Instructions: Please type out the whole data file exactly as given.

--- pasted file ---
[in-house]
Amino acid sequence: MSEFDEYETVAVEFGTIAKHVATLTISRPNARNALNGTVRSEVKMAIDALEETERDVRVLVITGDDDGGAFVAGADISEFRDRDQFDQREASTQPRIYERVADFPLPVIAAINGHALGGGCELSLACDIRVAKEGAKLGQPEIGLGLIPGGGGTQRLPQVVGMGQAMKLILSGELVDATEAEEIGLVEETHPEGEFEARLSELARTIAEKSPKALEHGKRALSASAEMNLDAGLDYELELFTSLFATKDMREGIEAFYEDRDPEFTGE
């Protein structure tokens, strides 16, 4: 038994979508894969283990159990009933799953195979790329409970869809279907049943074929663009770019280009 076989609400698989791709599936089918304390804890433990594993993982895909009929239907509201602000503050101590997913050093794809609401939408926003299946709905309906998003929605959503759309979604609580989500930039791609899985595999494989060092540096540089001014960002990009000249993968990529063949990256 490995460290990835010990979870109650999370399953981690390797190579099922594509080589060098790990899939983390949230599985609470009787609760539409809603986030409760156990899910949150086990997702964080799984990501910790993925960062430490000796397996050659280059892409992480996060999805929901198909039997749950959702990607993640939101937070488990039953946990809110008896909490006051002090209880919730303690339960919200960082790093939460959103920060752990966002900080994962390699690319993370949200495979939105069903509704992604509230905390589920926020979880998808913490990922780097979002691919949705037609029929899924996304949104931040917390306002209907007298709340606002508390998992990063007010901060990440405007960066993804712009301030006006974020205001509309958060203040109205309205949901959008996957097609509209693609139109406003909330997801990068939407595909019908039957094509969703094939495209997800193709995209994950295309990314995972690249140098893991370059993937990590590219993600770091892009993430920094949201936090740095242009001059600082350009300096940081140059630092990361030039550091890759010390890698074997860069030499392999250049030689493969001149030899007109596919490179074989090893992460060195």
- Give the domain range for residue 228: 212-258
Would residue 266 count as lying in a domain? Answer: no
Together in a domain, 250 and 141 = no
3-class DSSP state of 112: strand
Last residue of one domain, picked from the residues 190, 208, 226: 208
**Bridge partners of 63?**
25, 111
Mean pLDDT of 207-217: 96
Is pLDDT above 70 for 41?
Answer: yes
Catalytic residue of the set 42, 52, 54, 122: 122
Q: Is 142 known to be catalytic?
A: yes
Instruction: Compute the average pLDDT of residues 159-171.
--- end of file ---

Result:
[in-house]
Amino acid sequence: MSEFDEYETVAVEFGTIAKHVATLTISRPNARNALNGTVRSEVKMAIDALEETERDVRVLVITGDDDGGAFVAGADISEFRDRDQFDQREASTQPRIYERVADFPLPVIAAINGHALGGGCELSLACDIRVAKEGAKLGQPEIGLGLIPGGGGTQRLPQVVGMGQAMKLILSGELVDATEAEEIGLVEETHPEGEFEARLSELARTIAEKSPKALEHGKRALSASAEMNLDAGLDYELELFTSLFATKDMREGIEAFYEDRDPEFTGE
């Protein structure tokens, strides 16, 4: 038994979508894969283990159990009933799953195979790329409970869809279907049943074929663009770019280009 076989609400698989791709599936089918304390804890433990594993993982895909009929239907509201602000503050101590997913050093794809609401939408926003299946709905309906998003929605959503759309979604609580989500930039791609899985595999494989060092540096540089001014960002990009000249993968990529063949990256 490995460290990835010990979870109650999370399953981690390797190579099922594509080589060098790990899939983390949230599985609470009787609760539409809603986030409760156990899910949150086990997702964080799984990501910790993925960062430490000796397996050659280059892409992480996060999805929901198909039997749950959702990607993640939101937070488990039953946990809110008896909490006051002090209880919730303690339960919200960082790093939460959103920060752990966002900080994962390699690319993370949200495979939105069903509704992604509230905390589920926020979880998808913490990922780097979002691919949705037609029929899924996304949104931040917390306002209907007298709340606002508390998992990063007010901060990440405007960066993804712009301030006006974020205001509309958060203040109205309205949901959008996957097609509209693609139109406003909330997801990068939407595909019908039957094509969703094939495209997800193709995209994950295309990314995972690249140098893991370059993937990590590219993600770091892009993430920094949201936090740095242009001059600082350009300096940081140059630092990361030039550091890759010390890698074997860069030499392999250049030689493969001149030899007109596919490179074989090893992460060195």
- Give the domain range for residue 228: 212-258
Would residue 266 count as lying in a domain? Answer: no
Together in a domain, 250 and 141 = no
3-class DSSP state of 112: strand
Last residue of one domain, picked from the residues 190, 208, 226: 208
**Bridge partners of 63?**
25, 111
Mean pLDDT of 207-217: 96
Is pLDDT above 70 for 41?
Answer: yes
Catalytic residue of the set 42, 52, 54, 122: 122
Q: Is 142 known to be catalytic?
A: yes
Instruction: Compute the average pLDDT of residues 159-171.